Thanksgiving Football shopping pumpkin pie fall leaves turkey dinner Family pilgrims blessings cornucopia peace love thankful
Thanksgiving Football shopping pumpkin pie fall leaves turkey dinner Family pilgrims blessings cornucopia peace love thankful
Thanksgiving Football shopping pumpkin pie fall leaves turkey dinner Family pilgrims blessings cornucopia peace love thankful
Thanksgiving Football shopping pumpkin pie fall leaves turkey dinner Family pilgrims blessings cornucopia peace love thankful
Thanksgiving Football shopping pumpkin pie fall leaves turkey dinner Family pilgrims blessings cornucopia peace love thankful
Thanksgiving Football shopping pumpkin pie fall leaves turkey dinner Family pilgrims blessings cornucopia peace love thankful
Thanksgiving Football shopping pumpkin pie fall leaves turkey dinner Family pilgrims blessings cornucopia peace love thankful
Thanksgiving Football shopping pumpkin pie fall leaves turkey dinner Family pilgrims blessings cornucopia peace love thankful
Thanksgiving Football shopping pumpkin pie fall leaves turkey dinner Family pilgrims blessings cornucopia peace love thankful

One empowered woman's struggle against the world
Tuesday March 19th 2019

Charter Schools vs. Public Schools

Are charter schools really a better choice to public schools? If you are not sure what a charter school is check here first for a better understanding of charter Schools. I had to look into the subject of charter school for the first time 10 years ago, when my oldest child was starting school. The local public school was a 20 minute drive away. A new public school was built that was 10 minutes away but after the first year of being open the school opted and lobbied to become a charter School. A decision had to be made, stay with the charter School or go back to the public school that was a 20 minute drive or 40 minute bus ride away.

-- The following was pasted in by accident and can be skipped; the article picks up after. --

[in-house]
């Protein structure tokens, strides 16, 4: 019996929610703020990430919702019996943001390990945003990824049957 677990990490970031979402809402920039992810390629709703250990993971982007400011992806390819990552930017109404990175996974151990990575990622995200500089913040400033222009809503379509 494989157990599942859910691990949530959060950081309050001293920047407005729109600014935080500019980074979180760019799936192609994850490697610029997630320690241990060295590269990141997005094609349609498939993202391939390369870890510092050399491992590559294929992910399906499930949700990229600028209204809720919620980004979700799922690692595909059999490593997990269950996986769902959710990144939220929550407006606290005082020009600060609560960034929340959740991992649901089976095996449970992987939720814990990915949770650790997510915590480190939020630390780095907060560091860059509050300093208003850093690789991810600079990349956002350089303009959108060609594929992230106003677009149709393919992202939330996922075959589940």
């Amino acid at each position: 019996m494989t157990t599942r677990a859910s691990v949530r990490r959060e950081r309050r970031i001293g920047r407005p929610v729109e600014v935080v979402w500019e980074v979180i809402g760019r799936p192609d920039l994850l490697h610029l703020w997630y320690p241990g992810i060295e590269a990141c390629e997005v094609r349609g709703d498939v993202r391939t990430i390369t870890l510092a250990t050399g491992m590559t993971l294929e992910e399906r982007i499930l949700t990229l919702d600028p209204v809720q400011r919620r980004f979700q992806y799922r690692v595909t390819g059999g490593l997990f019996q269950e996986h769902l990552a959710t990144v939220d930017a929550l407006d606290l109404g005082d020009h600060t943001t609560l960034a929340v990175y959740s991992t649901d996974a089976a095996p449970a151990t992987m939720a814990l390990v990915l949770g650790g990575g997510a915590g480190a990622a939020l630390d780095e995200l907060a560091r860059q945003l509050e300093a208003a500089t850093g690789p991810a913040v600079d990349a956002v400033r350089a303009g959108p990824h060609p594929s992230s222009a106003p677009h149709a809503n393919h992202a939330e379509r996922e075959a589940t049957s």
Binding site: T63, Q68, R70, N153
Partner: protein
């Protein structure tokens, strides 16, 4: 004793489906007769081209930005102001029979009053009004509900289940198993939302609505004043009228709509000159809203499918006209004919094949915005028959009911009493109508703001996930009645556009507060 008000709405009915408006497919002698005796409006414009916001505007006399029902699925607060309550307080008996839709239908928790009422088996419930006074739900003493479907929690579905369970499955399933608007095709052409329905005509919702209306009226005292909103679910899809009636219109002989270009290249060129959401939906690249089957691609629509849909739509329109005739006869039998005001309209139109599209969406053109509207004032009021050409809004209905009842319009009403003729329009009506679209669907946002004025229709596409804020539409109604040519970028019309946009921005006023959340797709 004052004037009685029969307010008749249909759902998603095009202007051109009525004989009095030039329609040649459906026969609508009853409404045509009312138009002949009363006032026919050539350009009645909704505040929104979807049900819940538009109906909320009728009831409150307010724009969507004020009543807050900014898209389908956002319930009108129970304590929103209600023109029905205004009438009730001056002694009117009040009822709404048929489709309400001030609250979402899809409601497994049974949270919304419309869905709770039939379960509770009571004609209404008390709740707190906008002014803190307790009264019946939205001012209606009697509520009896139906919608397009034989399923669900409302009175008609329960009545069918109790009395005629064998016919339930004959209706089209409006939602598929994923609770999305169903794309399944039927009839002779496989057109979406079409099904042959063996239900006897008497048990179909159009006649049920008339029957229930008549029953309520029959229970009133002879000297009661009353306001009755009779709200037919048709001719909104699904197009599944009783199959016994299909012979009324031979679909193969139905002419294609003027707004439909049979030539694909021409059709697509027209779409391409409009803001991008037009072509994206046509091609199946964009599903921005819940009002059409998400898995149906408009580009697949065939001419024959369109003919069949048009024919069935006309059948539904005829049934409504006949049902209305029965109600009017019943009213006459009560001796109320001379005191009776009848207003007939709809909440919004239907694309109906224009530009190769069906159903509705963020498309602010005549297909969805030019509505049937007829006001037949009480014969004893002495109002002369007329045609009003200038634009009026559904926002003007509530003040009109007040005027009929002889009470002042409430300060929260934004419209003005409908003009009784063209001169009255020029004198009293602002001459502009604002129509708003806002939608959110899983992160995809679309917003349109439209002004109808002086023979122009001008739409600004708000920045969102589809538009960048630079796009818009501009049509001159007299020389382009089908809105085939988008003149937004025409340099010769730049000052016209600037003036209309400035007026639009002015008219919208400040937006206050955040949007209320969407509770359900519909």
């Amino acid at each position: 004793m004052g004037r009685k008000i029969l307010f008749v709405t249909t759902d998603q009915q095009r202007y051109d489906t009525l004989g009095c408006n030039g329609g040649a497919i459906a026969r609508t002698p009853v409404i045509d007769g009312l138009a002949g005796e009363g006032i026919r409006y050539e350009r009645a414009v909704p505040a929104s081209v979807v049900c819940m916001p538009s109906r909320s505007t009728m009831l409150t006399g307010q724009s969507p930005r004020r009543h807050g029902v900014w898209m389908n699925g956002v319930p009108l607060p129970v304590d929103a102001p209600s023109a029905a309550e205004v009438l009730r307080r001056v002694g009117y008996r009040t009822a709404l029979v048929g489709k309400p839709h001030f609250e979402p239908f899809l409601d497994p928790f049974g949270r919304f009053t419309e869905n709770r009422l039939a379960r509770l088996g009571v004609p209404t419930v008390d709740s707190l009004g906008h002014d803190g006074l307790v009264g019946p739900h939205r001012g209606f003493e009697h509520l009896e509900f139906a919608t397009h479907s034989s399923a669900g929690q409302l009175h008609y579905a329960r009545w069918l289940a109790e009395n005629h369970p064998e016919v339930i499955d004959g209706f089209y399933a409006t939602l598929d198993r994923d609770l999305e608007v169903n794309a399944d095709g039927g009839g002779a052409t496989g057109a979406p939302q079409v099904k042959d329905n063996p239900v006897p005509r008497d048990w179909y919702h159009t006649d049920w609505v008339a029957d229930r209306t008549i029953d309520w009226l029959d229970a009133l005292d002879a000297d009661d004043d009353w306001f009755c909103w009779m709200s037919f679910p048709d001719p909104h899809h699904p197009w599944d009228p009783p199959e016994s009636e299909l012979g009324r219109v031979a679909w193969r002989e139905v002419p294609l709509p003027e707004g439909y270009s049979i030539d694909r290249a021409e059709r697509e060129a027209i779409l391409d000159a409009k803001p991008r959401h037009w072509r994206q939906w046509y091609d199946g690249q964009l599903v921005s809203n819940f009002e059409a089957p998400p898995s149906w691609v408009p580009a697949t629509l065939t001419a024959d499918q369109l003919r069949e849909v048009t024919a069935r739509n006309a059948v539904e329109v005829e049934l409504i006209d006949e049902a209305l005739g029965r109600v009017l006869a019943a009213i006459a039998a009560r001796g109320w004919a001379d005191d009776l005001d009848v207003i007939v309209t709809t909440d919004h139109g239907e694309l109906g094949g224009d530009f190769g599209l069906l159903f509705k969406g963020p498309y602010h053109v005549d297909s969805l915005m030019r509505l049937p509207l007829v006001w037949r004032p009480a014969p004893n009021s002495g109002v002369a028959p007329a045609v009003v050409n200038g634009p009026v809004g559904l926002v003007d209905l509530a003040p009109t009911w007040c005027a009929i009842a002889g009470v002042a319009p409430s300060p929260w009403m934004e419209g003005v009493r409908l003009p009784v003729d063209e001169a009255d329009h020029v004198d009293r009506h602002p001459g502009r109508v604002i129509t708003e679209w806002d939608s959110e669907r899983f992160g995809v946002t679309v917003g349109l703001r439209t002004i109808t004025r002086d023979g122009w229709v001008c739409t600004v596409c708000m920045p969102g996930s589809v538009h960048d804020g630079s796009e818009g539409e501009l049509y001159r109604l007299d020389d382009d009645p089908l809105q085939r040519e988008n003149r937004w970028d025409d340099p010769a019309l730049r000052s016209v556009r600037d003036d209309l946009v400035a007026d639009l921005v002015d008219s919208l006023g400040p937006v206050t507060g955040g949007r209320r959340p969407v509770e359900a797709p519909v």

The only information readily available at that time was press releases put out by the companies that ran the charter school. Of course they were all glowing and made a lot of claims about the benefits of charter school over the regular public school. Today, we have reviews by parents, teachers, parent/teacher organizations and the kids themselves. We also now have years of data to help better compare the two types of school.